The plaintiff’s bar wasted no time in filing suit following Equifax’s announcement of a data breach last Thursday. Dozens of class action lawsuits have already been filed challenging Equifax’s alleged failure to implement adequate cyber security measures to prevent a data breach earlier this year involving social security numbers, addresses and driver’s license numbers of 143 million customers, and credit card information of over 200,000 customers. See, e.g., McGill v. Equifax, Inc., Case No. 3:17-cv-1405 (D. Or. Sept. 7, 2017); McGonnigal v. Equifax, Inc., Case No. 1:17-cv-03422 (N.D. Ga. Sept. 7, 2017); Gersten v. Equifax, Inc., 3:17-cv-01828 (S.D. Cal. Sept. 8, 2017); Tirelli v. Equifax Info. Svcs, LLC., Case No. 7:17-cv-06868 (S.D.N.Y. Sept. 11, 2017); Davis v. Equifax, Inc., 1:17-cv-06883 (S.D.N.Y. Sept. 11, 2017). The lawsuits also challenge the timing and method of Equifax’s notification to customers and certain trading activity following the breach. Investigations have been announced by the U.S. Consumer Finance Protection Bureau, the Federal Bureau of Investigations, two Congressional committees and at least five attorneys general (including those from New York and Illinois).
One lawsuit is seeking almost $70 billion in damages. The $70 billion dollar question, then, is whether plaintiffs can overcome two major hurdles: establishing standing and adequately alleging damages. The body of case law on these defenses keeps growing and shifting, particularly following the Supreme Court’s watershed decision last year in Spokeo, Inc. v. Robins, 136 S. Ct. 1540, 1548 (2016). For example, just last month, the U.S. Court of Appeals for the Eighth Circuit affirmed the dismissal of a putative class action against ScottTrade, a securities brokerage firm that was attacked by hackers in 2013. Kuhns v. ScottTrade Inc., Nos. 16-3426, 16-3542 (8th Cir. Aug. 21, 2017). Plaintiffs alleged the hackers used the information to manipulate stock prices, operate illegal gambling websites, and to run a Bitcoin exchange. The court found that plaintiffs had standing for their contract claims, based on a theory that the services had a diminished value under the contract, but punted on whether plaintiffs had standing under a consumer fraud statute. Ultimately, the court affirmed the dismissal because the complaint failed to allege specific, actual damage resulting from the hack, instead relying on “allegations of worry and inconvenience.” Some circuits have come out the other way, finding that credible allegations of an increased risk of fraudulent charges were sufficient to establish standing, but whether the plaintiff can prove any compensable losses remains a separate question. See, e.g., Lewert v. P.F. Chang’s China Bistro, Inc., 819 F.3d 963 (7th Cir. 2016).[ii]
Establishing that the putative class plaintiffs were damaged, or even actually affected, by the Equifax breach may prove to be difficult. Equifax indicated it will directly notify the customers whose credit card numbers were accessed; none of the plaintiffs in the complaints reviewed alleged they received such a notification. Many of the plaintiffs’ allegations identify the resulting harm as fear, inconvenience, and unspecified costs. One New York case (Davis) alleges “deprivation of the value of” the plaintiffs’ personal information. One Georgia plaintiff alleges he “recently had four credit accounts opened in his name without his authorization” and had multiple credit inquiries, which may adversely affect his credit score. Only one plaintiff, in the Oregon case, alleges an out-of-pocket cost (i.e., payment to a third-party service to monitor and repair his credit). Given the number and geographical diversity of the cases filed, results of any motions to consolidate the matters in one court or coordinate matters as a multi-district litigation may be significant to the outcome.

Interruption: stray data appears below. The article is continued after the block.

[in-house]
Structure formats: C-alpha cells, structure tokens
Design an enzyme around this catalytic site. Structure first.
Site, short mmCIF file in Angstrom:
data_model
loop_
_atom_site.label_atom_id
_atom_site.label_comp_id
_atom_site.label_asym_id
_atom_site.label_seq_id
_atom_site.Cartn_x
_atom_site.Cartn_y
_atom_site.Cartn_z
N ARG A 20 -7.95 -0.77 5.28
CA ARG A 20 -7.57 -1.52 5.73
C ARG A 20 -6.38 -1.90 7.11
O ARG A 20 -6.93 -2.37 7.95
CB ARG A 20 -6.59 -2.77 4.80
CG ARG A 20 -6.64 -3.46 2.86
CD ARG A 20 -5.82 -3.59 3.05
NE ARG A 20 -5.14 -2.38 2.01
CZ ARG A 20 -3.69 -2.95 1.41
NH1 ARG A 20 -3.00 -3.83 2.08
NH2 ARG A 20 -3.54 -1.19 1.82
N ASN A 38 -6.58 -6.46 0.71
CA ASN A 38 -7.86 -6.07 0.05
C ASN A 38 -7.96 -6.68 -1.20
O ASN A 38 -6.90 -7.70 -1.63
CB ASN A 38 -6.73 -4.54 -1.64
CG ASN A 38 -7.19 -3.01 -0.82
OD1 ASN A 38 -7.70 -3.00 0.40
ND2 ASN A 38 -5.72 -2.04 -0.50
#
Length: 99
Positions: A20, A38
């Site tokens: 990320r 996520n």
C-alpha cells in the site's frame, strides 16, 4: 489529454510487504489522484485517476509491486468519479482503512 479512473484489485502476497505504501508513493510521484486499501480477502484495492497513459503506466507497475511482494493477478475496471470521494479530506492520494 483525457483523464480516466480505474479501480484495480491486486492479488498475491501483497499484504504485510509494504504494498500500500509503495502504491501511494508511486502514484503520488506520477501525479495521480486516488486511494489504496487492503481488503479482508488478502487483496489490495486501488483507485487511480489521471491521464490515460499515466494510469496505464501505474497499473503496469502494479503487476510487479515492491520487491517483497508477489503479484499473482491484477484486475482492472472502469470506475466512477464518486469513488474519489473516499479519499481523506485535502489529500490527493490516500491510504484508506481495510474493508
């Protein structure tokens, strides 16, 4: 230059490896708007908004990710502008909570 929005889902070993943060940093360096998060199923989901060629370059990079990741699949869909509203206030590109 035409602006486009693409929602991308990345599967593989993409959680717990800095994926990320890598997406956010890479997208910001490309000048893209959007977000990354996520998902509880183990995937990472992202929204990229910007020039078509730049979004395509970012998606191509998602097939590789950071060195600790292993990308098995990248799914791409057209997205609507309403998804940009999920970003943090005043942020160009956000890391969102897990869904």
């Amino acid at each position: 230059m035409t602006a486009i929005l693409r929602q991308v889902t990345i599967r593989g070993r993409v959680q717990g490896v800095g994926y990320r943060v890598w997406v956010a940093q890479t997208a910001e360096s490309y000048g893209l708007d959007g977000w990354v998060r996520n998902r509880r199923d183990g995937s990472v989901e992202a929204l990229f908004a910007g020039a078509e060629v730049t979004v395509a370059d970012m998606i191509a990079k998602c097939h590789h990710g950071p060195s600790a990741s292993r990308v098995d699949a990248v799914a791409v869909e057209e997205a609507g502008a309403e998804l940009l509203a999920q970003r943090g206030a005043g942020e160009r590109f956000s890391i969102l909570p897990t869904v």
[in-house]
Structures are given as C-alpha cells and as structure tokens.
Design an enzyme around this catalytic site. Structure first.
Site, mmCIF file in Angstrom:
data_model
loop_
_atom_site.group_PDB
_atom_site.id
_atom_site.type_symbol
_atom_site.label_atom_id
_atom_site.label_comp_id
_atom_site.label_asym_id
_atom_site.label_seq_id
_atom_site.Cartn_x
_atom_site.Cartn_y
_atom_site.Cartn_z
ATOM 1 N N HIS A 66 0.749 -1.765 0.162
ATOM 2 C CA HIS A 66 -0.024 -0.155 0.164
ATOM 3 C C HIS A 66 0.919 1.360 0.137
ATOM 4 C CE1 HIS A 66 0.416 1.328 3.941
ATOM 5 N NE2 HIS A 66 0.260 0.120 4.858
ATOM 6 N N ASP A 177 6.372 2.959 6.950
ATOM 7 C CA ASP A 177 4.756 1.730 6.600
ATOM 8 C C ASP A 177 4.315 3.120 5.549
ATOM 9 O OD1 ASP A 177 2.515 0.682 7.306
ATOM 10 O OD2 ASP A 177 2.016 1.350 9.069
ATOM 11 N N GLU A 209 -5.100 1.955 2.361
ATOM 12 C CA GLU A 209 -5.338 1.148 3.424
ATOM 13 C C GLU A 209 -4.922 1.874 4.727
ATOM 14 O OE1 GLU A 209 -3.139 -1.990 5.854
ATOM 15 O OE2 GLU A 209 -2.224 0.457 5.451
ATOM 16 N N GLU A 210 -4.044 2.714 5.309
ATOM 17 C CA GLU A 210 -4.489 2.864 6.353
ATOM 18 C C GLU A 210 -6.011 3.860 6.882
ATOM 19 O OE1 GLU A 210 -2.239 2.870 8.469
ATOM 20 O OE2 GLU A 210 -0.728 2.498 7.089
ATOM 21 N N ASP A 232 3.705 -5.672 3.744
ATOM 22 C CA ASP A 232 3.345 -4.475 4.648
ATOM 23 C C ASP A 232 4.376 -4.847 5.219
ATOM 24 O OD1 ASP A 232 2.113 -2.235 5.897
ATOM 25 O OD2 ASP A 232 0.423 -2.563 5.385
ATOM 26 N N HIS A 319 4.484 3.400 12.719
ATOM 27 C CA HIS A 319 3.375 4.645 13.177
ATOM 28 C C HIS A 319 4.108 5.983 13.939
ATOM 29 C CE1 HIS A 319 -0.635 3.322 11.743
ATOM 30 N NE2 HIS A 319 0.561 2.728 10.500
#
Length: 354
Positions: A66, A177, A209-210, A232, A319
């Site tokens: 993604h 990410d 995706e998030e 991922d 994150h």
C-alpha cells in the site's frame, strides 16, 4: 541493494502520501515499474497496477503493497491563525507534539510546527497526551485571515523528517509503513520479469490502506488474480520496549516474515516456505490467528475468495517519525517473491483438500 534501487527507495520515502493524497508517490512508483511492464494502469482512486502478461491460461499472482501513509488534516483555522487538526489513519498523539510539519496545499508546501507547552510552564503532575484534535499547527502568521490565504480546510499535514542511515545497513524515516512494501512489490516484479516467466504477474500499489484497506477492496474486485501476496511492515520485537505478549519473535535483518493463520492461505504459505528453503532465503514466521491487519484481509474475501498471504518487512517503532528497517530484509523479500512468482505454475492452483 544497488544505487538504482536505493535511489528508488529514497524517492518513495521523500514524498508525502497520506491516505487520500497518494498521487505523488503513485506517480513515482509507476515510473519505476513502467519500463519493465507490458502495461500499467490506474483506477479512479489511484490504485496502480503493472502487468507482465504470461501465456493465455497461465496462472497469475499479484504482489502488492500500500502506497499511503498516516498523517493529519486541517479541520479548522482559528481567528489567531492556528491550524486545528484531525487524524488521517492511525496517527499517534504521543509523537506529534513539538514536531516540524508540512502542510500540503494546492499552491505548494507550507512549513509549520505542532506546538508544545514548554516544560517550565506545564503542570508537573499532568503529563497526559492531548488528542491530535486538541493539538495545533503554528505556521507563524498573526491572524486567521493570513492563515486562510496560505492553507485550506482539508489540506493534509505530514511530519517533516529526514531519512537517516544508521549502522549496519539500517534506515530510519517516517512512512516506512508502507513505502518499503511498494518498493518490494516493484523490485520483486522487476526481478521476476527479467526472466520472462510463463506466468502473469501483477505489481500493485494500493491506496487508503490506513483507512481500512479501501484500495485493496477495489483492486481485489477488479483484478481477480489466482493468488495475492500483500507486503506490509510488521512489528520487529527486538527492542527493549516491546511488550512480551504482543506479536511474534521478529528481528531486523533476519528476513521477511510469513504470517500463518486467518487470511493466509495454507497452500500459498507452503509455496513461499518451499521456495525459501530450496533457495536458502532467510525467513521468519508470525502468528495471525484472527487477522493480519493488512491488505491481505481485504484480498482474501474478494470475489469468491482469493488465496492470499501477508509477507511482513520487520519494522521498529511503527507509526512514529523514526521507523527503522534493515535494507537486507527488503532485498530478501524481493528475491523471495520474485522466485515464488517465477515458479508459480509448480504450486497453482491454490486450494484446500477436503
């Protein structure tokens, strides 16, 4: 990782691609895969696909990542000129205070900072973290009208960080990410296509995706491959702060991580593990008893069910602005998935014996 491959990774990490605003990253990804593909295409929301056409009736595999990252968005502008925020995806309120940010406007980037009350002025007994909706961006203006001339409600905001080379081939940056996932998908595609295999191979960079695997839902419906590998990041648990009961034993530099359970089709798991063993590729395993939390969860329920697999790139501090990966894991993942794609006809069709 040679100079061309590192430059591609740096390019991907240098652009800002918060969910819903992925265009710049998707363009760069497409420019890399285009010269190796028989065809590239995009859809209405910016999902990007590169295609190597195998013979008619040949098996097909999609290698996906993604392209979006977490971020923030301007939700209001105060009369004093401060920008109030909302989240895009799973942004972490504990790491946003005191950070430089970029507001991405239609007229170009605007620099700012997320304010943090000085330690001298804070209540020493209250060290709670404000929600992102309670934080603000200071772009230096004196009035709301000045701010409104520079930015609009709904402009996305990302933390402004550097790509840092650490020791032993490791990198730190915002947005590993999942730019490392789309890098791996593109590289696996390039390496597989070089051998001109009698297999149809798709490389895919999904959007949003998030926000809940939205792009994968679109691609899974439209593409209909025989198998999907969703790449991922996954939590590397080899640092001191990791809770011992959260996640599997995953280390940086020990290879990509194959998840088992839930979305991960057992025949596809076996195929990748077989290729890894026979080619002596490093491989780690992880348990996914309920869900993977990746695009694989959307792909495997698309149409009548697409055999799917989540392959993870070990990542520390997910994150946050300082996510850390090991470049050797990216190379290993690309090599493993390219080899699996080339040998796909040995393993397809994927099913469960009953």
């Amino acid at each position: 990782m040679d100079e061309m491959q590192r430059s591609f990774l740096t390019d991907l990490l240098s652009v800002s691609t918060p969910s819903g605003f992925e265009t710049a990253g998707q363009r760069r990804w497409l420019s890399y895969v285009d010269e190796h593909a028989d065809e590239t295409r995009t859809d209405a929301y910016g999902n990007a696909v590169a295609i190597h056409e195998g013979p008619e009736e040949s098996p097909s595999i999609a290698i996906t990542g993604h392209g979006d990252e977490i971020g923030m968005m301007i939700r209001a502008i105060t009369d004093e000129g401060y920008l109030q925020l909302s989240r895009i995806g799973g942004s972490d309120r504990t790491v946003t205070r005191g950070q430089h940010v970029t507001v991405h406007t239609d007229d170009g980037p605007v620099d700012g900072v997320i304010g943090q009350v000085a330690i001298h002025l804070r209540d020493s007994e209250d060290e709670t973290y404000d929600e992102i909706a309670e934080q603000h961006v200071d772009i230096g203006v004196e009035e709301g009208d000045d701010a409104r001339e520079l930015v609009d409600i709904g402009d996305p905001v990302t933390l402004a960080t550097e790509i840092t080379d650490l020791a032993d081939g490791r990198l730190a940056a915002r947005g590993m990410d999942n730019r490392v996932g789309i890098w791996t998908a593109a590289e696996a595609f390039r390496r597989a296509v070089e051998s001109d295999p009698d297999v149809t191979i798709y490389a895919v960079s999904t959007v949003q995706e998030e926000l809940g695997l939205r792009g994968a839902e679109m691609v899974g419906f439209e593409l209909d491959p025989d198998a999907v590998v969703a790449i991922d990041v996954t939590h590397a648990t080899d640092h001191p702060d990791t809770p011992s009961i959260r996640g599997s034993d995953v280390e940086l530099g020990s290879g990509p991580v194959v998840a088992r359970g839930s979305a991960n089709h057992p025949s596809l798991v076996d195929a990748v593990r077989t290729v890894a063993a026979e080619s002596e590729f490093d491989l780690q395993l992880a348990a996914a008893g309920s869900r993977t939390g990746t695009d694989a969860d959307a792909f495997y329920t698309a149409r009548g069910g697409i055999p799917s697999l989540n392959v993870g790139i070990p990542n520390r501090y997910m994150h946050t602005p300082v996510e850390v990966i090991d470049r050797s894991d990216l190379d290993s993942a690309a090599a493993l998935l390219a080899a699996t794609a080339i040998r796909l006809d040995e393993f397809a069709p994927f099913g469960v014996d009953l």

Another legal battlefront may emerge between Equifax and the thus-far unnamed “U.S. website application” that Equifax has cited as responsible for the hack. Equifax reported that hackers exploited a vulnerability in the application to gain access to certain files. An analyst report by Baird Equity Research claims that it was Struts, which is an open-source software package that provides a programming framework for building web applications in Java. Security researchers identified two security flaws in Struts in March and September of this year. Apache Software Foundation, who distributes Struts, seemingly corroborated the report that its software was involved. Apache did not know which security flaw was involved, but responded that Equifax either failed to apply a critical security patch or the flaw was unknown at the time of the breach (i.e., a zero-day exploit). Reportedly, approximately 65% of Fortune 100 companies and some government agencies (including the IRS) utilize Struts. Assuredly, those entities will be watching closely as the situation develops.